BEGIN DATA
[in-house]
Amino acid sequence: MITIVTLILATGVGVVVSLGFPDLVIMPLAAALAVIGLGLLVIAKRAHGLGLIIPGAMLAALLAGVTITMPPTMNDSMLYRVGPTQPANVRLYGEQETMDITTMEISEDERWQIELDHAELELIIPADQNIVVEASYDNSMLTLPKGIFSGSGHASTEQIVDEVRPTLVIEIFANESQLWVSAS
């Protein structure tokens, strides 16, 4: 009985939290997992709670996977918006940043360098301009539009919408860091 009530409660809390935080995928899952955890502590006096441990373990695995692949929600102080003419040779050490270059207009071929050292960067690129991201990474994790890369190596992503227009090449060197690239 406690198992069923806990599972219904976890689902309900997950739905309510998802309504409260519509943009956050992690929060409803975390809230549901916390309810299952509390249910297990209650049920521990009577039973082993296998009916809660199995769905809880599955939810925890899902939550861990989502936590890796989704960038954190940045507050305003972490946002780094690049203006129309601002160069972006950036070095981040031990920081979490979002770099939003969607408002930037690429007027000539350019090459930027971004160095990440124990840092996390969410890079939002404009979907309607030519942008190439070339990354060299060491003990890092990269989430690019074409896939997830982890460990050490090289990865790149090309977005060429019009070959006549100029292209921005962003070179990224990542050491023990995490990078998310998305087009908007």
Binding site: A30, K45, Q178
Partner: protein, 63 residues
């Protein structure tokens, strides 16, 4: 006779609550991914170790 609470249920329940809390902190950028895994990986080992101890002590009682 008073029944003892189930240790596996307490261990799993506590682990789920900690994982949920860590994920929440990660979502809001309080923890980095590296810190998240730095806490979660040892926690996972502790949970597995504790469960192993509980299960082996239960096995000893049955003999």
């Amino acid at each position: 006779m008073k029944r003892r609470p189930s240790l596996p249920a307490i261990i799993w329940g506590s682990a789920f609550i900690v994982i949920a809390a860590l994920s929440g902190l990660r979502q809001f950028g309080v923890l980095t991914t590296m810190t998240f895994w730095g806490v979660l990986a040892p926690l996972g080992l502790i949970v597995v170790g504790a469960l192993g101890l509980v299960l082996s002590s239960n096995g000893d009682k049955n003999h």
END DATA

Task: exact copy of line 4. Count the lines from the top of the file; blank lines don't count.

Binding site: A30, K45, Q178